At the Beijing Capital International Airport, maintenance workers were busy conducting a thorough check on the tires, engines and body of an Air France airplane, before giving it a go-ahead for a flight to Paris two hours later.
They are employees of Beijing Line Maintenance International, China's first foreign-controlled joint venture in aircraft maintenance, which was launched by Air France Industries KLM Engineering and Maintenance and Beijing General Aviation Co Ltd (BGAC) in 2017.
"The key technology, personnel and management of the joint venture all come from the European side," said Li Wei, vice general-manager of the joint venture. "A foreign-controlled joint venture has given full play to foreign expertise in management and technology."
Air France-KLM, a major global air transport player, entered the Chinese market after establishing a repair workshop in the 1990s. But over the years, it has struggled to find a local partner to expand its business in the country, partly due to China's restrictions on foreign capital.
After the central government allowed Beijing to pilot policies of opening the service industry wider in 2015, Air France-KLM jumped on the opportunity and partnered with BGAC to found the joint venture two years later.
Last year, the joint venture provided 1,400 maintenance services for four foreign airliners, compared with more than 600 in 2017.
"We enjoy the same policy on taxes and talent recruitment as domestic firms, which helped the growth of our business," Li said. "This year, we plan to start business in the new airport in Daxing district."
In recent years, a growing number of foreign-funded firms have benefited from the pilot program to settle in Beijing. In 2018, the world's three major rating agencies -- Fitch Ratings, S&P Global and Moody's -- registered wholly-owned subsidiaries in the capital.
"The service industry has become more open, attractive and competitive," said Sun Yao, deputy director with the Beijing Municipal Commerce Bureau.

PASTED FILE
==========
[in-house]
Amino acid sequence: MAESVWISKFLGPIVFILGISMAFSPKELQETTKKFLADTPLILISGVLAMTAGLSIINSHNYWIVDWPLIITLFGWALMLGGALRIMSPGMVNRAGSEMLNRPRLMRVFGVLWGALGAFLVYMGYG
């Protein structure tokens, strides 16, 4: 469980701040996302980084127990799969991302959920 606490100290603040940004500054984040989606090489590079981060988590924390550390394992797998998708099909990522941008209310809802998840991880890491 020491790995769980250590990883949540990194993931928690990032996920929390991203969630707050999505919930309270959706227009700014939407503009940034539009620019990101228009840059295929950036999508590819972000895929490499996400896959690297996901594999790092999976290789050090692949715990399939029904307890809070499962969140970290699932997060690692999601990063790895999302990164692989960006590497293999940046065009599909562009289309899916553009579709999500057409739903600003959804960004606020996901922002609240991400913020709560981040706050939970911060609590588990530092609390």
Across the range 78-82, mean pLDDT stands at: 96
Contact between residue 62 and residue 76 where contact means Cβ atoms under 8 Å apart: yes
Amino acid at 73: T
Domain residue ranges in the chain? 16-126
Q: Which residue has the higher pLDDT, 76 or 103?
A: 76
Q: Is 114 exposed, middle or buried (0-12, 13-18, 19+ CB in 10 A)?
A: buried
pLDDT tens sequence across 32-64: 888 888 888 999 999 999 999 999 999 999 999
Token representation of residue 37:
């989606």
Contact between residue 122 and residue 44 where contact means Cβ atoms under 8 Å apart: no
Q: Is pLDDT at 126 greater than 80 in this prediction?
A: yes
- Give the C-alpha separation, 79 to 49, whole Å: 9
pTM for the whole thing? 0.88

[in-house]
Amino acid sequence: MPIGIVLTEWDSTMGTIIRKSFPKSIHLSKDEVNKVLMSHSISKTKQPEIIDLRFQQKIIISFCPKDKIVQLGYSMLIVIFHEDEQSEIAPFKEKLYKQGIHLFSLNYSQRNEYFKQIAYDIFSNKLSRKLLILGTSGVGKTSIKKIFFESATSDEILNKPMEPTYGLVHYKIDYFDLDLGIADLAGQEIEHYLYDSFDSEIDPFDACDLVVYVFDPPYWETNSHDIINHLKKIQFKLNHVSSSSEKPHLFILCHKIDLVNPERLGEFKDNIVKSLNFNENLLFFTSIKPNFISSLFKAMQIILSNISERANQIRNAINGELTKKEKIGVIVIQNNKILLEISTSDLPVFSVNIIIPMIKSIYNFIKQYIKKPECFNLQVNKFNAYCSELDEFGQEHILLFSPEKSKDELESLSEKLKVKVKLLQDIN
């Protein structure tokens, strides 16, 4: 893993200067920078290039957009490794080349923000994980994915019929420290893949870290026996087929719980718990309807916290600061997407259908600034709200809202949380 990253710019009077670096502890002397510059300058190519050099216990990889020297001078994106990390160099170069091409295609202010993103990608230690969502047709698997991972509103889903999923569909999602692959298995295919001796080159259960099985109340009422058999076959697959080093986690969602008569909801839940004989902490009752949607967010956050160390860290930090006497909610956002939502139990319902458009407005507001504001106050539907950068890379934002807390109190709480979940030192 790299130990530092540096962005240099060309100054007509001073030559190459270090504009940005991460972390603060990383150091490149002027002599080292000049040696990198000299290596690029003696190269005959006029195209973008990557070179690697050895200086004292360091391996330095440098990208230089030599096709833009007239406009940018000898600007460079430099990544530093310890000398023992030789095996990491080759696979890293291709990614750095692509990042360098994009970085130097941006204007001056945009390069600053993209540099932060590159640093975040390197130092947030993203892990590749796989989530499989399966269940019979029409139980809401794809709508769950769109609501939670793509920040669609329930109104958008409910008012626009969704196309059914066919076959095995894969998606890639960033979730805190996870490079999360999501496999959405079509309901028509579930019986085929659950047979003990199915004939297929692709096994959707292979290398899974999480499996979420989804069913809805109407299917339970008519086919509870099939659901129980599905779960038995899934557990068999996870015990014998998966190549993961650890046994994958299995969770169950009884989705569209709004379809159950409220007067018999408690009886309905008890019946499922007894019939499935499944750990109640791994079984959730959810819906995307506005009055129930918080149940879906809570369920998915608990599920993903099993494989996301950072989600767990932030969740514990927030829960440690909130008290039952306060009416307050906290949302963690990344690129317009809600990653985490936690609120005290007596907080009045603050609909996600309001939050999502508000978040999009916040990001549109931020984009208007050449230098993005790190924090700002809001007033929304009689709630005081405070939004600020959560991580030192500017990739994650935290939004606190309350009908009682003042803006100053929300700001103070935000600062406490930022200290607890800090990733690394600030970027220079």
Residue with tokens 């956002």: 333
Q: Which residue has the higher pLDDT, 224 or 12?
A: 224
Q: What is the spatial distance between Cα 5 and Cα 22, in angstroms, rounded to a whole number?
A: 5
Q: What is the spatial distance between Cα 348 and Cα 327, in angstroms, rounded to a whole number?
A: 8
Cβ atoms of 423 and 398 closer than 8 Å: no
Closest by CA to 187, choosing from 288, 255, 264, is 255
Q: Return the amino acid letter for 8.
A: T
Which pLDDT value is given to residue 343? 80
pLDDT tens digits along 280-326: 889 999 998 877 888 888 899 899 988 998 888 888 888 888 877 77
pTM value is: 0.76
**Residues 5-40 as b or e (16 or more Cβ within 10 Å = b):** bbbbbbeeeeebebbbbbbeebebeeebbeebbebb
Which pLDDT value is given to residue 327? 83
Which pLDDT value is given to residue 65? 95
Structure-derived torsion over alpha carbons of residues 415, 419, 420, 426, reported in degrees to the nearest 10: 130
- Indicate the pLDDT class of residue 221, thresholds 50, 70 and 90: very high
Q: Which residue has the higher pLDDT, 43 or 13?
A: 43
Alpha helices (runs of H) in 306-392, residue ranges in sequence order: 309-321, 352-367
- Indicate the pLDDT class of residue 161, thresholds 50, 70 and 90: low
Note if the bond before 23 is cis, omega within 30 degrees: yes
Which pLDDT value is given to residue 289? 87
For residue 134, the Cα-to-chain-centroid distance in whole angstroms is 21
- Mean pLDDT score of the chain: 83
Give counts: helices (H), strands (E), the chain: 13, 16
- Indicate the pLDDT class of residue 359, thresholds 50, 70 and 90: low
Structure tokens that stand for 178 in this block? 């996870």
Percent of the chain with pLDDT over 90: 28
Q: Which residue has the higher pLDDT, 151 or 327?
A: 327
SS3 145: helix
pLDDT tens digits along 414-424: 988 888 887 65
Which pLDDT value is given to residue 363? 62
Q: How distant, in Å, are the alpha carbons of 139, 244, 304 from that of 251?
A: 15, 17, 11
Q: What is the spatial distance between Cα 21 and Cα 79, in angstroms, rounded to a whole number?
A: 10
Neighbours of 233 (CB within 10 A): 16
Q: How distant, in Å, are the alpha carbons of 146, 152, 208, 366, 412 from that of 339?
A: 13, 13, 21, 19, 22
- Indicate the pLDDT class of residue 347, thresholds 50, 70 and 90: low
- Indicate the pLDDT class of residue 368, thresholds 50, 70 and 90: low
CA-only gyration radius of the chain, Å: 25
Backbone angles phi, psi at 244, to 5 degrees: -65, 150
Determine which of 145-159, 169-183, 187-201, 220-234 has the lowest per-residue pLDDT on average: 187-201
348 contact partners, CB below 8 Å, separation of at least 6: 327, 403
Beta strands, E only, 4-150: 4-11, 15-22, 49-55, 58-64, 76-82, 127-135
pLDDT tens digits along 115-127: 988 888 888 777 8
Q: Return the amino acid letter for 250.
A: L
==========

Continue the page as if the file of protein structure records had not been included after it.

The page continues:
With the widening opening-up measures, Beijing's service sector has been contributing more to the capital's economic growth.
In 2018, the sector's value-added output accounted for 81 percent of local GDP, up 3.1 percentage points on 2014. Last year, Beijing's service trade grew about 10 percent year on year.
Building on the experience from the pilot program starting in 2015, Beijing is well-positioned to pursuit all-round opening up and high-quality economic development.
In January this year, the central government approved another three-year pilot program for Beijing to continue opening up its service sector wider to the world.
The capital should intensify efforts to streamline administration, delegate power to lower levels and improve regulation and services, seek to open the service sector wider, and create a sound business environment, the State Council said in a statement.
According to the pilot program, market access to the Beijing's service sector will be relaxed in fields including leasing and business services, information technology services and financial services.
The municipal government is encouraged to take bold measures to gain a more replicable experience for opening up the service sector and developing an open economy.
The new round of opening-up policy and widening market entry in the service sector has encouraged more foreign firms to invest in Beijing.
In March, Bank of Beijing said it planned to join hands with ING Bank N.V. to invest 3 billion yuan (447 million U.S. dollars) in setting up a banking joint venture, in which ING Bank would hold a 51 percent stake.
The joint venture will gain experience from ING Bank's direct banking service and take advantage of financial technology to build itself into a new digital banking brand.
Bank of Beijing said it would strive to make the joint venture a model in implementing China's major opening-up policies for the financial sector.
Similar efforts in major Chinese cities to relax market entry rules for foreign capital in the service sector have made the country an increasingly attractive destination for foreign investment.
In 2018, China advanced to a global ranking of 46 in terms of ease of doing business, up from 78 in 2017, according to a World Bank Group report.